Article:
The Mason City Globe-Gazette from Mason City, Iowa on March 17, 1944 · Page 10
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The Mason City Globe-Gazette from Mason City, Iowa · Page 10

Mason City, Iowa
Issue Date:
Friday, March 17, 1944
Page 10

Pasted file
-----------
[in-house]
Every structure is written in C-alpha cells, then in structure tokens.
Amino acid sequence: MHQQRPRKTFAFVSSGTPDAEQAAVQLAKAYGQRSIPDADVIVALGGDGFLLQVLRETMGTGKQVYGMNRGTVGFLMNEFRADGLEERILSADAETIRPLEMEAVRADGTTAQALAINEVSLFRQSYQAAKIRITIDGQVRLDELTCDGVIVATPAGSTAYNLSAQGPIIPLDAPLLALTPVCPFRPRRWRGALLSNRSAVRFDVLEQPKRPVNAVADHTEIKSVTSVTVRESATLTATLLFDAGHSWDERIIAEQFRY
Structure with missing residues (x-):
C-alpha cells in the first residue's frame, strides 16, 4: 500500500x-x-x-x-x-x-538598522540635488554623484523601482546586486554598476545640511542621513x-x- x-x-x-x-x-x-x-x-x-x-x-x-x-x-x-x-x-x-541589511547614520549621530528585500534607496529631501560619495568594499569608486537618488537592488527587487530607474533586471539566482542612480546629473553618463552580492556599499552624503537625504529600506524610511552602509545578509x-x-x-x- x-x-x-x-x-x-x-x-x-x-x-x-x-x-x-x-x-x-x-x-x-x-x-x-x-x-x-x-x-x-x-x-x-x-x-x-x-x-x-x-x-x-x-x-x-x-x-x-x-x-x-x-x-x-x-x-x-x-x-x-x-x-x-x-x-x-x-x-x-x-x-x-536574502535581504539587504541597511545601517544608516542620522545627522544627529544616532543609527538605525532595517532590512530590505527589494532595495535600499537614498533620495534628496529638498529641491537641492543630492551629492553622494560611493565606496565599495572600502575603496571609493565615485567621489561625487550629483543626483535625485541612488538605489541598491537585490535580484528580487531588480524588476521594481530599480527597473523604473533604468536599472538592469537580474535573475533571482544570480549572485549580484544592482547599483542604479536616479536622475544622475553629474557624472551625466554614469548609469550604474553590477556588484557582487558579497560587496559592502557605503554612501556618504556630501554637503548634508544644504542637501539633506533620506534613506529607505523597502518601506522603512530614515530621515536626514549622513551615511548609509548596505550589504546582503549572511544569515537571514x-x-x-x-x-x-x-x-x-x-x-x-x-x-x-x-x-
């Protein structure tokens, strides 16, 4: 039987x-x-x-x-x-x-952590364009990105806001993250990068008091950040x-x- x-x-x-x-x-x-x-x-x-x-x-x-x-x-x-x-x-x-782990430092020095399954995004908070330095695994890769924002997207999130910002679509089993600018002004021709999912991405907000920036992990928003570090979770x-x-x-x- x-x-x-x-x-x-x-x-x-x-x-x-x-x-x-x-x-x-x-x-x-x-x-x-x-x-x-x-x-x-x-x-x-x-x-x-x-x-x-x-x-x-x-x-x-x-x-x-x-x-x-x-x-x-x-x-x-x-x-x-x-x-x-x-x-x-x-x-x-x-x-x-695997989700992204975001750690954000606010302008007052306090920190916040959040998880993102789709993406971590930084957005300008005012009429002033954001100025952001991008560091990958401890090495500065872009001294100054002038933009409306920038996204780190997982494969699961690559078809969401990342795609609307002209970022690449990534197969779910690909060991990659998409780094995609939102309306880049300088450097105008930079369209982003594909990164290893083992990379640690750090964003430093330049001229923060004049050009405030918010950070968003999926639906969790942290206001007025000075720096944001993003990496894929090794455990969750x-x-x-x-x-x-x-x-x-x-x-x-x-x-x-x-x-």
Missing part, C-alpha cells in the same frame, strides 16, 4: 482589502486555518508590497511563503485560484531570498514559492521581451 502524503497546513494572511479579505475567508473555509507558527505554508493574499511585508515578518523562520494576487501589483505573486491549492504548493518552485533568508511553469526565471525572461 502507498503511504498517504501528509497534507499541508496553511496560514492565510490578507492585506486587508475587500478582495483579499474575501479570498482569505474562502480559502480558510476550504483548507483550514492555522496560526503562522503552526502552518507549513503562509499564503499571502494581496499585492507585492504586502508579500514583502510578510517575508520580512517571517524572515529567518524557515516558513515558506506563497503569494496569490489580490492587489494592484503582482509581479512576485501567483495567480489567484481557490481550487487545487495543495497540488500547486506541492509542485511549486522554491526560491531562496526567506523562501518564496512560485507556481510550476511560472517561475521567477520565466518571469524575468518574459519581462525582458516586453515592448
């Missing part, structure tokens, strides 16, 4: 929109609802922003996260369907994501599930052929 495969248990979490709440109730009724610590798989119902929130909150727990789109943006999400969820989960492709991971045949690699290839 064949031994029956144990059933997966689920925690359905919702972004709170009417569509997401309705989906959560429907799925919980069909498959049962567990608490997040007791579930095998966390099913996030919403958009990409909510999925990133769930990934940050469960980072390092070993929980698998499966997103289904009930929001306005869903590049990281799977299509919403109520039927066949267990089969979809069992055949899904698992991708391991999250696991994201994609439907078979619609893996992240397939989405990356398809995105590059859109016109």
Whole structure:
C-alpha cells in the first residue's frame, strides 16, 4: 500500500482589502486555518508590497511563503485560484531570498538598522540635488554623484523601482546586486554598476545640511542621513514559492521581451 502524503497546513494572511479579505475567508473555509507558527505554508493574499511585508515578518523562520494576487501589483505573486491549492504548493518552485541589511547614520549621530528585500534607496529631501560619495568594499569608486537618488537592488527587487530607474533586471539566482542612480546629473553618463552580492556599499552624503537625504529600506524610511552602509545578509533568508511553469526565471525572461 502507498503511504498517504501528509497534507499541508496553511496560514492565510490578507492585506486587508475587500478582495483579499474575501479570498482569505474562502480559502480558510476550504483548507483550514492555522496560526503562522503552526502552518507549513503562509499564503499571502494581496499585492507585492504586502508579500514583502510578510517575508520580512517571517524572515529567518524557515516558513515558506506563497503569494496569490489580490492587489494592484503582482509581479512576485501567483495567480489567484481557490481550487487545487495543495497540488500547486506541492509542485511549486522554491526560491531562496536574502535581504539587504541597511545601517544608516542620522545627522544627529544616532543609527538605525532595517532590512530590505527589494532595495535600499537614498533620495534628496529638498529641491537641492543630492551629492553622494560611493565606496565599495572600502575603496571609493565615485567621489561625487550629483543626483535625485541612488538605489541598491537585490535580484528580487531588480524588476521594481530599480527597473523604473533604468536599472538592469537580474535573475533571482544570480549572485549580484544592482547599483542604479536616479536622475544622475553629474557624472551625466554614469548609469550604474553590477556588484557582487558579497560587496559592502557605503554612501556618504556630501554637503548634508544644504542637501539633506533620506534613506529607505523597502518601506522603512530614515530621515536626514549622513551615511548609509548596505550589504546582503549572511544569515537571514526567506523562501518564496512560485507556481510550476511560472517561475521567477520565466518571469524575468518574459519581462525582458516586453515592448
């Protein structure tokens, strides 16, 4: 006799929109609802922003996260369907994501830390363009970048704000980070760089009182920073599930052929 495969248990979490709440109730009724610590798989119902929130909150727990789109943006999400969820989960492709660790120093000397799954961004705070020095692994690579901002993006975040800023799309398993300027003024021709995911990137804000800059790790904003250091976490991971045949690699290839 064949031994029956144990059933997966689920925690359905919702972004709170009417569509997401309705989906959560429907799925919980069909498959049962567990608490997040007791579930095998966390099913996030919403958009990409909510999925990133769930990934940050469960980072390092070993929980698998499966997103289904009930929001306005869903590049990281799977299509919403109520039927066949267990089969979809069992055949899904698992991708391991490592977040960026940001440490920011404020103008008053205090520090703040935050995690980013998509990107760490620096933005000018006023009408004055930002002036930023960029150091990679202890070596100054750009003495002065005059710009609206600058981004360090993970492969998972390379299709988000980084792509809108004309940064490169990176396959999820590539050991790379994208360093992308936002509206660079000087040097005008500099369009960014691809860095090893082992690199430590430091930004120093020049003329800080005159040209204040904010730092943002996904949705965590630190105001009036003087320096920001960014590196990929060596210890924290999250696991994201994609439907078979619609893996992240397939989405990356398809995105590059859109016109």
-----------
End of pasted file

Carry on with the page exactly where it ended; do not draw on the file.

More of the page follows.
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E D I T O R I A L S -- | No Japs Were Left to Hoist White Flog A S IN previous American campaigns against the Japanese, few Nipponese prisoners were taken in the bone-crusher offensive against the Marshall islands. But unlike earlier campaigns, in this instance the Jap couldn't have surrendered if he had desired. His only choice was to die for his emperor whether he wanted to or not. The reason is that most o£ the Mikado's defenders were dead even before a single American soldier or marine ever set foot on one of the Marshall islands. This was the lesson learned from Tarawa where we paid heav.Uy in American lives for inadequate "softening up." A total weight of bombs and shells--15,000 tons--never before equaled in history was dropped on the 3 little islands oE Kwajalein, Namur and Roi. The blasting of Kwajalein was begun 2 months before the invasion. The atoll was plastered with heavy bombs in 17 raids. Then, 3 days before the actual landing the bombardment from sea began. Big naval guns pounded the islands hour after hour, day and night, giving the enemy no respite. Tons upon tons of bombs were hurled down upon the Jap. His defenses were literally blown to bits. When our forces finally landed, their job was little more than a mop-up operation. One Associated Press correspondent who witnessed the devastation declared "the destruction is so terrible its effect on the observer is stunning. "No tree remains whole. No building is upright. The seaplane ramp is pitted ruin. The planes are burned pieces of Junk, worthless even for scrap. The dead are everywhere." In almost every amphibious operation it is the attacker who suffers the most heavily, but in the Marshalls operations the enemy lost 28 men for every American. No wonder the Jap is becoming panicky. THTANXJOUS Did You Know? By Frederic J. Haskin EDITOR'S NOTE -- Readers availmr themselves of tills service for question* of fact--not counsel--should sign their full name and address and inclose 3 eents for return posf»|e. Address (jlobe-Gazelle Information B u r e a u , Frederic I. Haskin, Uireetor, Washington, I). C. rcdbud ill the Divergent Interests IGNORING it doesn't alter the A fact that this country and Britain have an essentially different interest in and viewpoint toward Argentina. To the British Argentina is an extremely important source of foodstuffs; to America Argentina is a thorn in the side of pan-American unity. The British have huge investments in the Argentine, including railways 'and utilities. They buy most of the Argentine meat. In turn Argentina is a good customer of Britain's manufactured products because trade is a 2-way proposition always. Our country, in contrast, has limited investments in Argentina We do not need her meat or grain because we grow these products in surplusage for the world trade. It follows that unless Argentina cannot sell to us, she cannot buy from us in large quantity. Under the circumstances, it is | understandable why Britain is a bit loath to apply economic sanctions to Argentina. Food, now; and after the war, bulks larger in her thinking than nebulous considerations of American solidarity, or even Argentina's military potential. All of this constitutes a cold, hard fact. And the best thing to do to a cold, hard fact is to face it and proceed accordingly. * We can get tough with Eire for her policy of sheltering enemy spies and have Britain's support, because our interests coincide. But in getting tough with Argentina, it would be best not to count on too much active help from Britain. Look Out ,*,/ *. Below J1S The observation that "war is bringing Americans closer together" may have been originated by a man on a train or a bus. There's more than a little evidence that Franklin D. Roosevelt is more popular than either his party or his administration. A very considerable part of the Japanese navy must be finding navigation a bit difficult--at the bottom of the sea. Evidence grows that that Ara-' bian pipeline is going to turn out to be an Ickes pipedream.' Only one person---Adolf Hitler --can say whether Rome will become a battleground. It's Up to Hitler rOPE PIUS has asked both the * axis and the united nations not to make Rome a battleground'. It's a fair proposal--but one which must be acted upon first by the Germans. Hitler's hordes have found haven in the Eternal City. They're there now in large numbers. And so long as they're there, it's understandable that our forces will fight them. That's war. Within the month the nazis sought like refuge in the ancient monastery at Cassino. Because they did, bombs were dropped on the Benedictine abbey. The blood was on Hitler's hands. Much fruitless blood was shed at Cassino before the shelling of sacred p r e c i n c t s opened. It's doubtful that this futility will be repealed. Old Arguments Fade I N A TIME when low incomes quite generally have been greatly increased by reason of the war, the old objections to' a federal sales tax have pretty much vanished into thin air. Chief oE these is that such a levy would weigh most heavily on those in the lower brackets. The clear-cut fact is that in the present situation four- fifths of the money which constitutes an inflationary threat is to be found in this area. Until there is a use of the federal sales tax. it can't be said that a realistic effort lias been made to finance the war as it is fought. Your Health By Logan Clendening, M. D. NEW ANAESTHESIA "TWILIGHT sleep" is a phrase that will be remembered by the older members of my audience. It made a big stir about 1910 and was widely heralded, before it was widely tried, as the discovery everyone had been waiting for. It consisted in the use of a hypodermic of morphine and scopalamine, just enough to produce a twilight state of consciousness in the mother with little pain and no remembrance of the delivery ol the baby. When it was tried out, however, it was found to be dangerous, resulting in many babies born dead; it was generally unsatisfactory and another dream was wrecked. The essential difficulty in ob- aining an anaesthetic for child- jirth is that the pains of labor are the contractions of the womb and the contractions of the womb are what push the baby out. To obtain an anaesthetic with selec- :ive action (stopping pain, and no stopping the womb contractions lias been the goal and the prob lem. From all reports from the mos conservative and reliable sources however, it looks as if this age long dream of men for a methoi that would render childbirt: painless and still safe has been accomplished. This is called con tinuous caudal anaesthesia. The new method was the resul of a good deal of research in an aesthesia that has gone on sine the twilight sleep days. Most im portant precedent was the metho of surgical spinal anaesthesia, b. which the anaesthetic is intro duced into the spinal cana through one of the apertures i the vertebral column.,The result i complete anaesthesia from th neck down, the patient r'etainin full consciousness. With the modern method of an aesthesia for childbirth the in jection is made in the regio around the lower end of the spin where the plexus of nerves tha supplies the womb and receive pain impulses is located. At firs a single injection was made, bu such a procedure reduced only th pains at the very end of child birth. Now with the continuon method, it is begun almost as soo as the first labor pains appear an injections are made about ever 45 minutes. The results are truly astonish ing to an old timer. The mothe lies in bed comfortably until jus before the delivery and yoe through the whole cxperienc without pain. The lime of labor i greatly shortened in most case in some down to an hour or three quarters of an hour. And all th quite safely. Many thousand delh cries by this method have bee made so that the results can b evaluated. Women who have had one or babies by older methods and the by this say the contrast is simpl indescribable--it is the differenc between pain and suffering an no pain at all. LENTEN REDUCING DIET Menu for Saturday, Brc.lktast--1 oran sliced--no sweetening. 1 slice toaslcd r crisp. 1 cup coflce--no cream or sugar. Luncheon --'.? cup fish t i m b a 1 c -- n snilcc. T j cup sliced cucumber on Icltu --lemon, vinepar or mineral oil drcsbin 1 enp tea--no cream or iuear. Dinner--Average helping calves brai --cook like ^vcelbrc'ads. 2 tablespoo Erccn bran?. '^ cup jcUo dessert, 1 sma cup ctJlfcc--no cream or sugar. OBSERVING ros and Cons Interesting Viewpoints From Our Exchanges gainst Socialized Medicine Emmetsburg Reporter: The at- lude of physicians oa the issue f socialized medicine has been ell described by Rear Adm. Ross . Mclntire, the president's per- mal physician. "It is my hope," e said, "that we shall never see ledicine subsidized by the 2°v- rnment. I Hope that the time ever comes when the practice of ledicine or anything that has to o with it comes under govern- lent control. It would be a dis- ster to this country. . ." mprovement Needed Estherville News: A recent sur- ey in 100 large cities revealed hat 41 per cent of the utensils sed in public eating places are ot sterilized. We hope to see leg- slation passed which will require olh this precaution in all eating stablishments catering to the ublic but also regular health xamination of all persons hand- ng food in public places. rials of an Editor Sheffield Press: For the most art, people want the newspaper o 'protect them against any un- avorable publicity, but they are erfectly willing, yes anxious, to ave the paper print "everything" hen their neighbor gets into rouble. Happy is the editor who as educated his community to expect" the newspaper to print he news. Co-Operation Will Be Needed Allison Tribune: Neighbors, more iian ever, will have to pool labor nd machinery, and by meeting ogether ahead - of the planting eason, they can undoubtedly gain much valuable advice as to what he nation's greatest needs will be and how they may plan to con- ribute their full share toward at- :aining the food goals. Business as Usual? Belmond Independent: With mil- ions of men in the armed services already and with the large numbers expecting to go in the near future, it is becoming increasingly more difficult to keep the "home fires burning cheerily" and "business as usual." 86 Years Younj Charles City Press: The editor is in receipt of a large number of mementoes on the occasion of becoming 86 years young. The event finds us feeling fine with 3 good square meals a day and in a good fighting spirit. \Vhen Johnny Comes Home Clear Lake Mirror: When Johnnie comes marching home--will he come to stay or remain only for a brief visit before he departs to establish his future home in some other section of the United States? Ilomcfront Is Solid Red Oak Express: Americans are behind their fighting men. They are producing the food and the machines beyond expectation and they are doing it voluntarily. That's the American way. Lindbergh Maintains Silence Osage Press: One of the prominent America First members, Charles Lindbergh, has at least not burdened the public with his questionable views. Appro vine a Bricker View Ft. Dodge Messenger: Governor Bricker is right: "The shield of our liberty is the freedom of the press." Here's Your Defense! Austin Herald: Temporary insanity sounds like a good plea in defense of making an incorrect income tax report. U'liy do for.sythhi and hushes bloom so early spring? They develop their blossom buds during the previous summer. Can a kangaroo swim? Yes. What portion of the world's area is dominated by the while race? By the end of the 19th century the white races, comprising one- third of the earth's population, held nine-tenths of its area. How many years of peace have there been in the history of mankind? x From U9S B. C. to l'861, there were 13 years of war for every year of peace. Since 1SG1 there has been no year in which :i war was not being wnged in some part of the world. Where is the longest trans-con- tinental railroad? It connects Leningrad and Vladivostok in the soviet union. Who is in command of the European theater . of war, Eisenhower or Montgomery? Gen. Dwight D. Eisenhower is supreme commander for the European-African theater (western). Gen. Sir Bernard L. Montgomery is commander of the British ground forces in the same theater. Is the price of radium decreasing? It dropped in 10 years from $3,500,000 an ounce to 5700,000. When was the term philately coined? A French stamp collector named Herpin is credited with making this word in 1865. How fast should an adult be able to read? A good adult reader should be able to read 250 to 300 words a minute of average non-fiction matter. Why is the final s not pronounced in Illinois? It follows French custom. How is the cost of advertising by radio determined? It depends upon the potential size of the audience, which in turn depends upon range of the station or network, and the time of day. What material is included in the Congressional Record besides the daily activities in the senate and house? There are roll calls on all questions, and an appendix. What Is B'nai B'rith? A Jewish fraternal organization for the inculcation of "charity, benevolence, and brotherly love" and the disregard of dogma and ceremonial custom. How far distant from the city of Los Angeles is the source of its water supply? Water is obtained by pumping from the Colorado river through a newly constructed 392-mile aqueduct. For a Successful Marriage pass along for the benefit of g i r l s contemplating marriage this bit of counsel given by Robert Quillen to his own daughter: '·If you are lucky enough to get a decent fellow who really loves you, the success of your marriage will depend altogether on you. "Woman's place is in the home. and she makes home what it is. Don't scold me for that; I didn't make the plan. Physically and psychologically, a normal woman is fitted, for homemaking, as a normal man is fitted to fight the world and bring home the bacon. Other arrangements may work, as a dog may walk on its hind legs, but not as well as the natural way. "Your man will think of you and home as two parts of the same thing. And you will make the atmosphere of home -- whether it i one of easy, happy comradeship or cold unfriendliness. You'll make him happy or make him feel chained. . . . You must think first of him -- always. "Now I can hear you cry: 'What about me? Have I no rights? I'm entitled to a little consideration, too.' "But wait. There is no place in marriage for selfishness. There is no 'me,' but only 'us.' Two people become one. A girl who is naturally and incurably selfish is a nat- VICTORY VERSES VOU MAV MTIY --M AMCMBC! wnotuiuHTrcouNct Song of o Maori Woman guarantee a smile for you ural-born spinster, and has no right to marry any man. "Marriage and home-making is a full-time job--except in time o£ war. You might have other interests and see your husband only once a week, and still remain peacefully married, provided he has quit loving you--but that isn't marriage. "He wants comradeship -- not mere companionship, but a comrade, a pal, a playmate. And if you won't be it, some smarter woman will." from this verse contribution received by this department from L. Ellis of Plymouth: My nose U just c»niin*n nose. Th«' somewtut plain and faenl; But now it is * n«ae no more. It It a monument. So Tourist, lake j u u r place in l i n e .%nd for i modest fee; You miy cub the noie that rubbed the nose Of Mrs. franklin If. An a w f u l (bought occurs to me-This tfaoufbt It really ntunnlng; Since my nose rubbed a Booietelt nose, Wilt It always keep on running? y Information, Please! 1. Stephen Foster was a native of Pennsylvania, Kentucky, Mississippi, Arizona. 2. The South pole was discovered by Admiral Byrd, Roald Amundsen, Captain Cook, Father Hubbard. 3. An earthquake tremor is recorded on a Barograph, Tremolo, Seismograph, Pizzicato. . 4. A heliophobe is: A plant with large pink blossoms, A photograph taken by direct sunlight, A person who sunburns but docs not tan, A bird which migrates to follow the sun. ANSWERS-- 1. Pennsylvania. 2 Roald Amundsen. 3. Seismograph 4. A person who sunburns but does not tan. The Day's Bouquet To MRS. RICHARD E. --for completing a most successful term of office as president of the Mason City Woman's club. The organization is as lucky in its coming administration as in the one just completed, having elected Mrs. T. K. Davidson lo succeed Mrs. Romey. Maion City Globe-Gazette An A. W. LEE .NEWSPAFEB Issued Every Week Day by the Maton CItr Globe-Gazette Publishing Co. 121-123 East State Street Telephone 3300 Friday March 17, 1941 LEE P. LOOMIB - - - - Publisher W. EAKL HALL - .- JUnaiinj Edilor ENOCH A. NOBEX - - - City EdiUr LLOYD L. GE£K - Advertising M«r. Entered as second-class matter April 17, 1930, at Hie postofflce at Mason City. Iowa, under the act of AEarch 3. 1879. MEMBER ASSOCIATED PRESS. Trio Associated Press is exclusively entitled to the use for rciHLblication of all- new.-: dispatches credited to it or not otherwise credited in this papt-r add also the local news published herein. SUBSCRIPTION KATES Mason City and CleaV Lake by year, S!0 Iason City and Clear Lake by week, 20c Outside 11X1 Mile year. $10: 6 months SS.50; 3 months $3; I monlh 51. Outside Mason C'ity and Clear Lake and W i t h i n JtH) Miles at Mason City and Outside of the Carrirr Districts ef Mason City and Clear Lake: ~ Per year by carrier- StO.OO Per week by carrier .. , . . . - . . S .2ft Per year by mail S1,QO By mail B months ..'.S3.7o By mail 3 months .S 2.00 By mail 1 monlh ...s .10 Editorial of Day A VIEW OF SUBSIDIES R AY JORGENSON in K1 e m m e Times: Subsidies are simply a direct grant, or government purchase at one price and resale at a lower price. They are the means o£ reducing the cost of food on the home front by paying the difference out of the federal treasury, with borrowed money. This means that the public on the home front, while receiving high wartime wages, would be permitted to postpone part of their grocery bills until after the war. at which time the millions of our armed forces would be home and compelled to pay a part o£ ou- postponed grocery bills. REMEMBER? From Globe-Gazette Files FORTY YEARS AGO The South Side meat market-3 Ibs. boneless corn beef for 25c. Seneca lodge, the romantic spot near the shore o£ the beautiful Saratoga of the west, which has been allowed to go to ruin and neglect, will be rebuilt and fitted up into the once comfortable retreat and will be improved up to its former coziness. Messrs. Ade Randall, Thos. Baxter, Charles Long and Frank McCormick went over today to begin the work of repairs. THIRTY YEARS AGO Fred Stone of the famous theatrical team, Montgomery and Stone, was the guest of honor ot the Cerro Gordo county gun club Saturday. Mr. Stone is an enthusiastic crack shot and competed with the members of the club. He had 4!) of his first 50 shots to his credit. Others competing were Foster, George Konvalinka, George Streetcr, J. M. Robertson and Leo Woisnak. Mrs. A. L. West on North Madison will entertain the Octagon club tomorrow afternoon. TWENTY YEARS AGO · New York--Nine radio stations in Great Britain, each using a different wave length, will begin broadcasting at 6 o'clock EST ail address by William Marconi which it is hoped will be heard around the world. Arrangements have been made with listeners with special receiving sets in California and Shanghai, China, to cable at once if they are able to hear the address. If they are successful radio will have covered the world. German Money--Genuine Reich banknote. Send £1 and T will send you 20 notes of 100,000. E. F. French, Otranto. Iowa. ADV. TEN YEARS AGO Mrs. O. A. Mcrkcl. Mrs. R. .1. Hughes, Mrs. Jack Dickinson. Mrs. S. V. Greene, Mrs. Catherine Clark. Mrs. J. A. Gashcl, Mrs. T. M. Hilton. Mrs. P. R. Donaldson, Mrs. R. R. Ncsje. Mrs. D. G. Klempnaucr and Mrs. E. C. Sullivan represented the local Parent-Teacher association at the Fort Dodge convention Friday. Francis DeSart Thursday night told the Y's Men's club, of which he is a member, how the bandits entered the First National bank and took him for a ride as hostage. Clover Couplets 8y Ray Murray of Buffalo Center IT'S WHAT YOU ^IAKK IT If ou can nn White -.njod Then yrtTII p earthy W h e n a l i g n e d I n j o u hcrr l v fit A thin;* r u t h heavenly h t r l h . KILL YOU PLEASE DROP THAT FETCH. RAL? WE'RE FRIENDS HEY, CHUM/ STOP YELUNG FOR AMOMENTANP LISTEN/ WE'RE ALLIES.. .AM ERICMNS/ AMER1CAN1.'SMACK! VVHV... SMACK..-YOU NOT SAY SO BEFORE? GUY'S ACTUALLV CRYING...H THAT MAP OUR TEACHER TOLL) ME tXJ UAVErJT BEEN TUEBE R3ft TUBEE WEEKS. -UT i DlDNT TUIKUC "iCXJ wRE POLLING THIS oLo GAG ow us - ear TOUP OF MUSIC LESSONS. MERE STAHn»WYOU ON PIANOIb VtXi «UO»JY TO SNEAK YOOR SKATES OUT IN THAT INSTRUMENT' f-roBE STAC TING Foe ·rtXJQ VIOULH LESSON, -SMt IT '__,--· OP A MAM SETS A ·MOUNG MAN, I'M NOT CANTDOITjMa.UPCHIM.' T CHECK ON ME .'I TOO MUCH DEPENDS ON / WHO-V«O-OH,THlS, DOING THIS RjSj-rT. JAKE / IS INSUFFERABLE- CVEPilF YOU UKE,BUT I A BOY.'TO CHECK IXC HAVE TO BE HERE ^~? ON MB If · TO CHECK ON VOO-' -SO VCU SEE VfHAT IT MEANS TO KEEP THE CLOSEST CHECK ON EACH Oi£ OS GAUGE THE WRONS MAN SETS HOLD OP ONE -- YES, YES, SON, YOU GO INTO DETAIL.. NOWCLEABOUT MI5WH DOAK5 HAS TH' BULL BY TH' TAIL/ TKAT5 BULLY^ MISTAH DOAK5/ AU.7HS PRETTY PICTUCES OF WiSrSCUTE , OF HH2 SWUNG: GIMMET TH5M PHOTOS." NOSOOy CAN CABtZY UP, BRICK ? THE OLD BOY ARRE5TJNGUS? I HE StKS HE. JUST WANTS V TO'ESCORT' US TO TOWN THE TINY BAND OF FIVE SUDOENLY FINDS ITSELF MOVING FORWARD , FLANKED ON EACH SIDE BY SCORES OF FIERCE-LOOKING SILENT HORSEMEN - WAT A SHtMM MO H*G?Mfi IS TERRIBLE, 6UT THIS jeep is SHELL! I CAtfT S££ MMD CURVE MEAD, BUT SO Mm? i wonr cross tt/ BOOGES TXLI GET TO 'ft!! . JfHE JEEf HITS A BWV OH me